msImprove endurance and accelerate your recovery so you're ready to tackle next week's workouts head on

To aid recovery and boost staying power. If you’ve been following this programme to the letter you may be aching a bit by now. Don’t worry, a full-body resistance work out mixed with cardio reduces post-workout stiffness, According to research at the University of California. Follow these steps for an ache-free send-off to the weekend.

Step 1: The warm up

Hop on the stationery bike and cycle for 20 minutes at a pace that's about 60-85%  of your maximum heart rate (MHR). To find out this figure calculate 207 - (0.7 x age). So if you're 30, your max heart rate is 186bpm (0.7 x 30" 21 50207 - 21 " 186).

Next, calculate 60% of that figure (MHR xO.60) and 85% (MHRx0.60) (112 and 159 in our example, rounding up). Then find out what settings on the bike will make your heart tick along at that pace, with a bit of trial and error.

"You'll improve your endurance by training at this rate," says Ross Sherman, associate professor of movement science at Grand Valley State University, US, Now, don't have to give 110% anymore…

207 - (0,7 X age) = Your MHR
Your MHR X 0.6 = The minimum your heart rate should be during your cycle
Your MHR X 0.85 = The maximum your heart rate should be during your cycle

Go faster for longer with this endurance-boosting, recovery-enhancing circuit

1. THE LEG-UPtlu1

Muscles: quads, glutes, hamstrings, calves

1 Set yourself up in the leg press machine and load it up with weights that are about 50%ofyour IRM, This helps your body release more testosterone than heavier weights, found research in Journal of Applied Physiology.

2 Bend your legs to lower the weight as far as you can without your heels coming off the platform. Do 20 reps. Research in Medicine & Science in Sport & Exercise found this is easier on the knees than moves such as the squat, but forces blood into the surrounding tissue so it can heal quicker.

Cycle for 1 minute at the same pace that kept your heart rate at 60% of your maximum heart  rate.


Muscles: quads,  hamstrings, glutes, abs

1 Stand with your feet together. Take a big step forwards with your right leg. Stretching your legs out makes you  flush out more lactic acid and recover faster: says sport psychologist and the inventor of  the Powerbag, Dr Mark Bellamy.

2 Push back with both legs to return to the start. Do 10 reps on each  leg. "This also stretches out all your lower body muscles so that  when you take normal steps they'll seem easier, "says trainer and sports psychologist Dr Mark Bellamy. Now you won’t need a trolley to carry your Homebase supplies to your car.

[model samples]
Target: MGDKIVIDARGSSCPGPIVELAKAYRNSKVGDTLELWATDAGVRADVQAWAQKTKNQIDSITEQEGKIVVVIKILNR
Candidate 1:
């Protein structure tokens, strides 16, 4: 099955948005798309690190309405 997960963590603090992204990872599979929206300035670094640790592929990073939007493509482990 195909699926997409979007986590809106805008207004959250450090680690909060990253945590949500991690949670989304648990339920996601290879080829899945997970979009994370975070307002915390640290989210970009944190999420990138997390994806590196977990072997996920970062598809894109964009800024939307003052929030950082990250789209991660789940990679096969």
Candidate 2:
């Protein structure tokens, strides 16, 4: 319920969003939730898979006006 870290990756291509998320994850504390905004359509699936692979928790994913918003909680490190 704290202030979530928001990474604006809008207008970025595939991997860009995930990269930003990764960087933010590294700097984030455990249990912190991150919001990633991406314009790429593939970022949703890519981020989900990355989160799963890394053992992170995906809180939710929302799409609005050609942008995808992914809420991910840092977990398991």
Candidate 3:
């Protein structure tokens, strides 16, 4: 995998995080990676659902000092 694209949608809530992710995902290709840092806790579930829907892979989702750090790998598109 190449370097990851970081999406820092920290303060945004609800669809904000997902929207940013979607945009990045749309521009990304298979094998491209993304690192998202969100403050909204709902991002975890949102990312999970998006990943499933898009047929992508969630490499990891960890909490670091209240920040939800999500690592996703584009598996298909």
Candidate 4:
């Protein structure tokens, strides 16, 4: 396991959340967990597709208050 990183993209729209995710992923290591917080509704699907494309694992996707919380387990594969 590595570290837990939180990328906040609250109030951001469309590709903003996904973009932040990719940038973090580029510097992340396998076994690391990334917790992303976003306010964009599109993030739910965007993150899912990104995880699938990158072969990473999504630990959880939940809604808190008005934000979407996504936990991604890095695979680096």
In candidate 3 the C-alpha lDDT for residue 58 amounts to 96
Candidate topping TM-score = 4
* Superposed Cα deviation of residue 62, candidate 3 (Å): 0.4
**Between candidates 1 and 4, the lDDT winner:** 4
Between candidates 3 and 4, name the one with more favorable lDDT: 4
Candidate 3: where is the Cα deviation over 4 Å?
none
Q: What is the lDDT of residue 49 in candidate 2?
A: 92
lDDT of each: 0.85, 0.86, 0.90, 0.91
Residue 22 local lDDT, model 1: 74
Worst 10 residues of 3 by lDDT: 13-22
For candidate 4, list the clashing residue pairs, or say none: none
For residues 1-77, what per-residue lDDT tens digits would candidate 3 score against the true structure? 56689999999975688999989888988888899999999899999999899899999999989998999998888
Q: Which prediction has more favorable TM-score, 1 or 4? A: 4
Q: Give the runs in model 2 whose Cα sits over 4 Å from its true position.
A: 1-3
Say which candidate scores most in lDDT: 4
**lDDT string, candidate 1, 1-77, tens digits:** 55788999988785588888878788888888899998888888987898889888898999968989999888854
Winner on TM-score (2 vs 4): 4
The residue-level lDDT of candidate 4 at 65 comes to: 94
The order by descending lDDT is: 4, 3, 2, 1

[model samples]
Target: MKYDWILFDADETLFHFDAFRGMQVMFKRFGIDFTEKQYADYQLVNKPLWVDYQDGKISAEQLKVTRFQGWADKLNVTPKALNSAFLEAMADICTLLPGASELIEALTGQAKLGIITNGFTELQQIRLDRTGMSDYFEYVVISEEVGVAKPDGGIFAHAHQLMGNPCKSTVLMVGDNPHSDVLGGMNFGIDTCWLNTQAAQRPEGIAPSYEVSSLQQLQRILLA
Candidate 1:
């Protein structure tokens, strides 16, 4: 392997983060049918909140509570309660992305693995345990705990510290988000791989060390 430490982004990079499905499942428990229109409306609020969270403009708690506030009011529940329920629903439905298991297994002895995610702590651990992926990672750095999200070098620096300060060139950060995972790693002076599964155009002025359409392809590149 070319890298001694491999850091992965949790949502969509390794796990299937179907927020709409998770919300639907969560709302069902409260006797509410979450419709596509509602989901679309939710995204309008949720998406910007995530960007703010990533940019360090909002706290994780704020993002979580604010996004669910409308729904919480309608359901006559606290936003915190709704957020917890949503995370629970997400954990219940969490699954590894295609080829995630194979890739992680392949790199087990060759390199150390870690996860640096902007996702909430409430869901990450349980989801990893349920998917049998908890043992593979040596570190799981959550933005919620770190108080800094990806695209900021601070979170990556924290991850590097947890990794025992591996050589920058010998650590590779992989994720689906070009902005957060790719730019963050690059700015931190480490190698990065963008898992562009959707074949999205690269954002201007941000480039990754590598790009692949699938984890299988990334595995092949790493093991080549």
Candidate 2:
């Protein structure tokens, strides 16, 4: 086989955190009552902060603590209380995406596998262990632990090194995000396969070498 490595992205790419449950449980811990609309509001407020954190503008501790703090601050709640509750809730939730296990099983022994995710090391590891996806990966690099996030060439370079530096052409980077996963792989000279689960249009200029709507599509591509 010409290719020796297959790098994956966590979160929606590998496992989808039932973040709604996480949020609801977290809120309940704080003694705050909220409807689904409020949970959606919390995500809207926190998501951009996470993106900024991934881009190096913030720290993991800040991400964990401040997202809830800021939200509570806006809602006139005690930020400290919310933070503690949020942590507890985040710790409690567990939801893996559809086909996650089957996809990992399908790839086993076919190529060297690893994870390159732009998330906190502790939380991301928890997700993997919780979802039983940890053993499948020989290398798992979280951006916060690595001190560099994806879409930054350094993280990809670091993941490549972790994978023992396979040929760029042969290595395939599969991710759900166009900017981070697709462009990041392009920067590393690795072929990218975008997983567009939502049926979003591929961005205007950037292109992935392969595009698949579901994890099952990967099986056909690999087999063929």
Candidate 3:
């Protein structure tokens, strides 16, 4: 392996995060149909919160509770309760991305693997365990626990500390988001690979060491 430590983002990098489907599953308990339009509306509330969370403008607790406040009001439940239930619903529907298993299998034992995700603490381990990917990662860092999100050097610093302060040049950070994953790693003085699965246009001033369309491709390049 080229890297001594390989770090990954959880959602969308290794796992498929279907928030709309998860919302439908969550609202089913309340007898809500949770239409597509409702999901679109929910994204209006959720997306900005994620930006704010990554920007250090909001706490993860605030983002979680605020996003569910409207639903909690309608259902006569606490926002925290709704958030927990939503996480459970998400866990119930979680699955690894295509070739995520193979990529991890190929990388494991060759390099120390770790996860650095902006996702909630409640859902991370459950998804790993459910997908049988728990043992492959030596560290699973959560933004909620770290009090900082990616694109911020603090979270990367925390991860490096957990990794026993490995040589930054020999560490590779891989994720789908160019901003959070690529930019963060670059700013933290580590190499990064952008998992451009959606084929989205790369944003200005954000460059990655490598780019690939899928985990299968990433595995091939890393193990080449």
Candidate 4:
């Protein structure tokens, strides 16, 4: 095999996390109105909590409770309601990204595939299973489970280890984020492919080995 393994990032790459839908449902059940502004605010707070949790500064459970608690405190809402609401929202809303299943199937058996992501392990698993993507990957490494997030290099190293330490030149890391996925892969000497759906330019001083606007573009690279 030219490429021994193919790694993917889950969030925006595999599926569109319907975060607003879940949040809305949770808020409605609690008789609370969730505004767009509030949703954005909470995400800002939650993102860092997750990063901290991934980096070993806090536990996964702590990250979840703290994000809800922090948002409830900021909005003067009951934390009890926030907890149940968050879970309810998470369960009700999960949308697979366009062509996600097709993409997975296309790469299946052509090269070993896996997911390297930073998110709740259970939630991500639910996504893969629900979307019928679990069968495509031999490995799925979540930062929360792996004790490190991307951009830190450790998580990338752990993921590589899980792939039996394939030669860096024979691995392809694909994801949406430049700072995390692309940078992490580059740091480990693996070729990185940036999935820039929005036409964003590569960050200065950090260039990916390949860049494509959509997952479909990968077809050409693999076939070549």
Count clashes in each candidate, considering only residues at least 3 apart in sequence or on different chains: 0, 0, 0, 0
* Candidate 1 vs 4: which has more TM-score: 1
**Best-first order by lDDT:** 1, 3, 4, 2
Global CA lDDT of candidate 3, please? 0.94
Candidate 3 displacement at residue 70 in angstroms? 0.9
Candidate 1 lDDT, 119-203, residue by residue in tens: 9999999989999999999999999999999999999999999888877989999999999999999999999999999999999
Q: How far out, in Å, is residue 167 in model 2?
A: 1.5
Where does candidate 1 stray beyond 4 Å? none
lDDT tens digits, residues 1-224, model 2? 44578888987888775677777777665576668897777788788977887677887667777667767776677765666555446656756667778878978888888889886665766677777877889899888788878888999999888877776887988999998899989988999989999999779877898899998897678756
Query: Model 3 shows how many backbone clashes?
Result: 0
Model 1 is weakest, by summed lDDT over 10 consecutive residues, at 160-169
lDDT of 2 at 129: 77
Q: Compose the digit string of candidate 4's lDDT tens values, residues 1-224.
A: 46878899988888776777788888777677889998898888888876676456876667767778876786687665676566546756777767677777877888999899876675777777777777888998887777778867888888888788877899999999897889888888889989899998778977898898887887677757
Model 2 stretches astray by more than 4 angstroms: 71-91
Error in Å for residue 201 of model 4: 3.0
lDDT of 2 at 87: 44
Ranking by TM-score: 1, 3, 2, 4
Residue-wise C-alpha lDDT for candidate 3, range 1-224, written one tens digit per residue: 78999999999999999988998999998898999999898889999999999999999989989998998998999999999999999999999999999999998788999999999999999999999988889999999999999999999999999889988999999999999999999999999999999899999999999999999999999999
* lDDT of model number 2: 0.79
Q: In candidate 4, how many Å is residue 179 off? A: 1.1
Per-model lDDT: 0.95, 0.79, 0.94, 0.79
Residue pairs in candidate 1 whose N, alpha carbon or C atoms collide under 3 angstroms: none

Cycle for 1 minute at the same pace that kept your heart rate at 60% of  your maximum heart rate.


Muscles: shoulders, chest , triceps, abs

1 Sit at the bench press machine and load up a light weight. You'll use fewer muscle fibres on this version compared to the free-weight version, found research in the Journal of Strength & Conditioning Research. This is ideal because
you can build stamina without tiring your chest.

2 Push the bar away from your chest. Slowly lower it to the start position. Do 20 reps. You'll improve your endurance when you swim and be able to smash the heavy bag with pro punch strength. You're nearly there, just  one more move to go.

Cycle for 1 minute at the same pace that  kept your heart rate at 60% of your maximum heart rate.


Muscles: biceps, forearms

1 Build bigger and leaner arms with this move. Sit on a flat bench holding a dumb-bell in each hand. Make sure your wrists face each other. "This wrist position will enable you to do considerably more reps than the preacher curl position as there's less leverage on your wrist joint," says Bellamy.

2 Bend your elbows to curl your right arm to your shoulder. Slowly lower the weight to the start. Repeat on the other arm. Do 20 reps on each arm for the stamina to outlast any opponent in an arm wrestling lock out. Hop to it,  the bike awaits you.

Cycle for 1 minute at the same pace that kept your heart rate at 60% of your maximum heart rate.


Muscles: lats, biceps, abs, biceps, forearms

1 Sit at the lat pull-down station, holding the long bar with a wide, overhand grip. "This is the best grip for roping in the most  muscle fibres across your entire back," says Bellamy.

2 Pull the bar to the upper part of your chest. Pause for a second then slowly release it to the start. Do 20 reps. A study in Strength and Conditioning found that combining this exercise with the rest of the moves in this routine imp roved exercisers' running economy by 4%.

Cycle for 1 minute at the same pace that kept your heart rate at 60% of your maximum heart rate.


Muscles: abs

1 The final move in your recovery mix works your future prize possession-your abs. Lie on the fIoor with your hands behind your head. Bend your knees to 90 degrees with your feet on the floor. Don't nod off.

2 Tense your abs to raise your shoulders and upper back off the floor. Do not pull your head up with your hands. Do 20 reps. "Because your abs work to keep you uprigh1. Training them for endurance will help
You do every activity for longer, be it walking, cycling or accompanying her to the January sales,• says Bellamy.

Cycle for 1 minute at the same pace that kept your heart rate at 60% of your maximum heart rate.


Now you’re ready to outlast anyone in anything. And instead of walking around like a Lego man on Saturday, you'll feel pain free, totally mobile and full of the energy you need to enjoy every minute of the weekend - even if it's only used to cook up a few cheat meals you've been looking forward to.